Enterprise Tech News: Microsoft Azure Cloud Switch to Run Network Devices, Google Cloud Dataproc for Big Data, Apple App Store Attacked by Xcode Malware
25 Sep. 2015 Enterprise Tech News
This week’s tech news roundup features Microsoft’s Azure Cloud Switch announcement, Google launching Cloud Dataproc for managing Big Data and Apple’s App store affected by Xcode malware.
Microsoft Introduces Azure Cloud Switch For Network Devices
Microsoft has announced Azure Cloud Switch (ACS) to run network devices like switches. ACS is a cross platform modular operating system that is built on Linux.
According to the organization, ACS is Microsoft’s attempt to build software that can correct and test software bugs more quickly. As per Kamala Subramaniam, Azure Networking Principal Architect, “ACS allows us the flexibility to scale down the software and develop features that are required for our data centre and our networking needs”.
Since ACS is built on Linux, it has the flexibility to utilize and expand Open Source, Microsoft and Third Party applications.
With our expertise in Microsoft technologies, we help enterprises build scalable and resource optimized Cloud solutions.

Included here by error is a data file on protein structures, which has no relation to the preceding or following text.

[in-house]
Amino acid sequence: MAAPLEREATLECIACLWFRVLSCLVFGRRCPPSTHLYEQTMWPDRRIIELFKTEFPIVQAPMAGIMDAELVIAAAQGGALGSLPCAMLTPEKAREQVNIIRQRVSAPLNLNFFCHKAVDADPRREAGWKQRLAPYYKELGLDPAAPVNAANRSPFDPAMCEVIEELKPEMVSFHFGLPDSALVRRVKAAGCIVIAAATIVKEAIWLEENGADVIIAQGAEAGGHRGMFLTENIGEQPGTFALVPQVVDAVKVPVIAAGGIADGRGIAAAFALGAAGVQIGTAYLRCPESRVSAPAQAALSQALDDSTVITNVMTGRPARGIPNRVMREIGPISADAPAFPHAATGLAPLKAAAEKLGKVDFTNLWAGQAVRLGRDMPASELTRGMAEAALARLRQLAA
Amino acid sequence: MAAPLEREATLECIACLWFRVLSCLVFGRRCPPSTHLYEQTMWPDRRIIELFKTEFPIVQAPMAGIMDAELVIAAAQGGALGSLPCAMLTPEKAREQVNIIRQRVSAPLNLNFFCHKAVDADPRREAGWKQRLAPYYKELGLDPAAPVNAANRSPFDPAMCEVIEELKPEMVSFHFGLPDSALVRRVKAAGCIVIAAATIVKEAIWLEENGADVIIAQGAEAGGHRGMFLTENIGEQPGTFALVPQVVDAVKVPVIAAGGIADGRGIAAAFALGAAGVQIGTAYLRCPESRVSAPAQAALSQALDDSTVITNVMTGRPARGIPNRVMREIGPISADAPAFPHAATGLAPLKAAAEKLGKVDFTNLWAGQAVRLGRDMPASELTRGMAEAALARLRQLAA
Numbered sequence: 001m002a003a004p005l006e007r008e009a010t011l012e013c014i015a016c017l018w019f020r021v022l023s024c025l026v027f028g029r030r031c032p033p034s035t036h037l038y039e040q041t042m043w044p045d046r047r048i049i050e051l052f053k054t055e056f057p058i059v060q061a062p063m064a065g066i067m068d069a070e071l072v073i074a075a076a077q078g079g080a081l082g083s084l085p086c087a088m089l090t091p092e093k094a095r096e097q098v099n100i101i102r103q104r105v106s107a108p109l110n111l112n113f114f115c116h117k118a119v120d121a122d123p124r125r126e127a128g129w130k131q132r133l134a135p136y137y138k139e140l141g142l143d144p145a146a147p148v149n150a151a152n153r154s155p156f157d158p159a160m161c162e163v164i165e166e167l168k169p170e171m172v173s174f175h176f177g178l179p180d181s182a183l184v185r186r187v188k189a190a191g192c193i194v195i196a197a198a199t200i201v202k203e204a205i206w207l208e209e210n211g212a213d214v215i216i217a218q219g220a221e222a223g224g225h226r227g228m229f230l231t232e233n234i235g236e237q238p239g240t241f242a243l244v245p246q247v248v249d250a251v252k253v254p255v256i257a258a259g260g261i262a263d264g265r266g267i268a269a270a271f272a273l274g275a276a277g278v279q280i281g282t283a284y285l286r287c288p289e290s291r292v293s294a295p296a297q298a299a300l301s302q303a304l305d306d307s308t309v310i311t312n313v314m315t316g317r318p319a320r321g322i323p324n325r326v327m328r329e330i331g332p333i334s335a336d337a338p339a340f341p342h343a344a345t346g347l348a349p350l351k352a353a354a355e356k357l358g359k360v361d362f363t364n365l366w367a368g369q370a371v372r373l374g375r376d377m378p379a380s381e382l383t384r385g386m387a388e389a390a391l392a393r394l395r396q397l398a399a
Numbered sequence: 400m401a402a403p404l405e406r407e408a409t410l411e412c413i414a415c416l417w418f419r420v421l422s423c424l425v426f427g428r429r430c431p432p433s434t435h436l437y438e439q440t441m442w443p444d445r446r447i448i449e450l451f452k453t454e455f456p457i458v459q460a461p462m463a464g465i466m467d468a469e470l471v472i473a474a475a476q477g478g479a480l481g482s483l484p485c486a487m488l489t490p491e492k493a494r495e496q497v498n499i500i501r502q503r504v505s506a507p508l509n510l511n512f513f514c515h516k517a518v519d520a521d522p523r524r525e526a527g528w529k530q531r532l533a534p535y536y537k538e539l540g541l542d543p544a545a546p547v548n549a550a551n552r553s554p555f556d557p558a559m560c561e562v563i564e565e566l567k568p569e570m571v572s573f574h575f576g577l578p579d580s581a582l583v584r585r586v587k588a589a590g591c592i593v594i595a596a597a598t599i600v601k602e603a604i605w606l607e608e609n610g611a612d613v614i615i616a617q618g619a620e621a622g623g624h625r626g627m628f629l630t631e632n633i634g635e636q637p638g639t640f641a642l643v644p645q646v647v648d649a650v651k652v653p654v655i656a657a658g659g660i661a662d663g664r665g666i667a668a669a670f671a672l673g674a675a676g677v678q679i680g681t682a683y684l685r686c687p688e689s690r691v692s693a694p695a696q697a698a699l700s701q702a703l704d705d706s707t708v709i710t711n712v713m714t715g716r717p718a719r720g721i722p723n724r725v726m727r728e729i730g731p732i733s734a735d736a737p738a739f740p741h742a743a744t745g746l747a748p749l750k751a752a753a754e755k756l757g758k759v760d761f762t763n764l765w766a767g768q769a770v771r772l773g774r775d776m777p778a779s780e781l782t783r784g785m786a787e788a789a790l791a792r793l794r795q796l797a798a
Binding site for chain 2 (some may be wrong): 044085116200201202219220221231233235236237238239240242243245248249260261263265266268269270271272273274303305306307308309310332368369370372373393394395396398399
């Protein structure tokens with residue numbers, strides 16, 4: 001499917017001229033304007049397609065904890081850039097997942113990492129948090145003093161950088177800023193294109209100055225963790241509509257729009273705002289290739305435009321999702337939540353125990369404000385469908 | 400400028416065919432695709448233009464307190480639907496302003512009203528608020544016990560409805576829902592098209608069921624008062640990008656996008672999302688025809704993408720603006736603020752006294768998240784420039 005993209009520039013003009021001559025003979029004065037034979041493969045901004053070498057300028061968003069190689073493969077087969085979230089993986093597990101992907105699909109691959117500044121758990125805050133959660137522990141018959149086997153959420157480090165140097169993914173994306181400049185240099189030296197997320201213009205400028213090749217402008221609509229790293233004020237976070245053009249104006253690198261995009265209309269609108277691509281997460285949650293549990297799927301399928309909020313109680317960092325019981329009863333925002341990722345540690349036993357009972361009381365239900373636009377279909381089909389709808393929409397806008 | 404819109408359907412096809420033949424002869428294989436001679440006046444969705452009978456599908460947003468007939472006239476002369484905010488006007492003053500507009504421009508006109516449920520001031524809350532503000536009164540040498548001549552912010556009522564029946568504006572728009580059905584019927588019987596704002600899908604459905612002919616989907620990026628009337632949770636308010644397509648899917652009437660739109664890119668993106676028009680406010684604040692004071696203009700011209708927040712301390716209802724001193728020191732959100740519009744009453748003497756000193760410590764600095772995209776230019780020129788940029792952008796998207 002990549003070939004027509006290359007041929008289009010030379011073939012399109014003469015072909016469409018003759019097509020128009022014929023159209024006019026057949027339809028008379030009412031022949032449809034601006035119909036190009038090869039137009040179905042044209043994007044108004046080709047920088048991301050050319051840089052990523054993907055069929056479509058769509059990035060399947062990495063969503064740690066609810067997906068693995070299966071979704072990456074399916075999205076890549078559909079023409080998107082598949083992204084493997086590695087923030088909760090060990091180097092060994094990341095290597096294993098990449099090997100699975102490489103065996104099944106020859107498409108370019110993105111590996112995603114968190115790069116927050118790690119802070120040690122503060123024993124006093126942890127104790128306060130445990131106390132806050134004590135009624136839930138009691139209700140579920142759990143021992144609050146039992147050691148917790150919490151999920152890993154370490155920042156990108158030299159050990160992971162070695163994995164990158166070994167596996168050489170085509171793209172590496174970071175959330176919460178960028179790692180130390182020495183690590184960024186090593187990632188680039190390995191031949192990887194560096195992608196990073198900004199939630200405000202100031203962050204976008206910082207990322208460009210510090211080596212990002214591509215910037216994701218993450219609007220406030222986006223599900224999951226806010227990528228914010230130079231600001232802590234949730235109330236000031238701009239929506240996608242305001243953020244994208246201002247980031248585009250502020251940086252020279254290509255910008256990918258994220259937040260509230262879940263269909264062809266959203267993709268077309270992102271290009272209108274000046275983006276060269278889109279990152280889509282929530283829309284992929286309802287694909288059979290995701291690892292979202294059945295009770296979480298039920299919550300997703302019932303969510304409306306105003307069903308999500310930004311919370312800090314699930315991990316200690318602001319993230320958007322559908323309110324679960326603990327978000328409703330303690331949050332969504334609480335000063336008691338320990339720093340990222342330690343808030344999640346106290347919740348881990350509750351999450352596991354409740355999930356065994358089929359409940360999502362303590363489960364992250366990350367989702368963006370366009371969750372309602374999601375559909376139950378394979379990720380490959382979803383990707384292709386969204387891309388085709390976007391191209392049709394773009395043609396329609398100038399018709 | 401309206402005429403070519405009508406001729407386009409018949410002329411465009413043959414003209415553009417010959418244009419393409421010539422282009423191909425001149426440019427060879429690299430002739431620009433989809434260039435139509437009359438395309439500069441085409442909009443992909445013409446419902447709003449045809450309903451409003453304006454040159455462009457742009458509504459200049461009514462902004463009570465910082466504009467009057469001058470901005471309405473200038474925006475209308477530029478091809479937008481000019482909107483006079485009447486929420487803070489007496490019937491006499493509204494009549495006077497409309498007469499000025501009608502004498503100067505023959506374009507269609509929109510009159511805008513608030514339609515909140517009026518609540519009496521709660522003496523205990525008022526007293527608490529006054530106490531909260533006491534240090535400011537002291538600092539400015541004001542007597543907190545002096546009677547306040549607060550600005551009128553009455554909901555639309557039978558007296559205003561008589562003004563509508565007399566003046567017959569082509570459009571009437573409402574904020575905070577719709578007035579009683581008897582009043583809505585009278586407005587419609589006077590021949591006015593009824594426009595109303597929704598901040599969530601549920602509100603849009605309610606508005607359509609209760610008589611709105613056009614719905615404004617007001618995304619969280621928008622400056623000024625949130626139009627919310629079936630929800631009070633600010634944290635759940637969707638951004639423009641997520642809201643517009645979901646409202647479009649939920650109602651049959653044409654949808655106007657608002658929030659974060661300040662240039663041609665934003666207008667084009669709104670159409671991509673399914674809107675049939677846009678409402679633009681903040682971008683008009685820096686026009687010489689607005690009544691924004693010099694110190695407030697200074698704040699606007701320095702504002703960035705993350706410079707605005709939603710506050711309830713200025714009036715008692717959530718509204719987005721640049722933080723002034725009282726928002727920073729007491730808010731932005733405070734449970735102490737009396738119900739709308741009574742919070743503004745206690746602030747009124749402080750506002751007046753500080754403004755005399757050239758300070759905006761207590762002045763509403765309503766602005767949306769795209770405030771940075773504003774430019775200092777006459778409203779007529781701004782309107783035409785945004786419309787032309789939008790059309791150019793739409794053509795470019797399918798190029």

Google Cloud Dataproc To Simplify Big Data Management
Google has announced a new service – Cloud Dataproc which aims to facilitate big data management. This new tool is a managed Hadoop and Spark service.
Enterprises typically struggle in deriving insights out of big data and Cloud Dataproc may just change that. Currently in beta, Cloud Dataproc enables companies to leverage open source data frameworks for querying, batch processing and machine learning. In addition, the service is designed to ease data creation and governance while reducing the time it takes to get work done. For instance, Cloud Dataproc clusters can be run and shut down in 90 seconds or less while Spark or Hadoop clusters may take anywhere between 5-30 minutes.
XcodeGhost Malware Attacks Apple’s iOS App Store
Apple is busy cleaning up its App store after it was recently attacked by XcodeGhost malware. Xcode is the company’s iOS app development software. The malware first surfaced in Apple’s app store in China and has since affected hundreds of apps.
The way this malware works is, it pulls important personal details like unique identifiers and device name from the victim’s devices. Further, it can also breach phones with dialogue boxes that prompt users to enter personal information.
Apple has instructed developers to verify their version of Xcode and to safeguard themselves and consumers by only using Xcode software that is directly downloaded from Apple developer site or the Mac App store.
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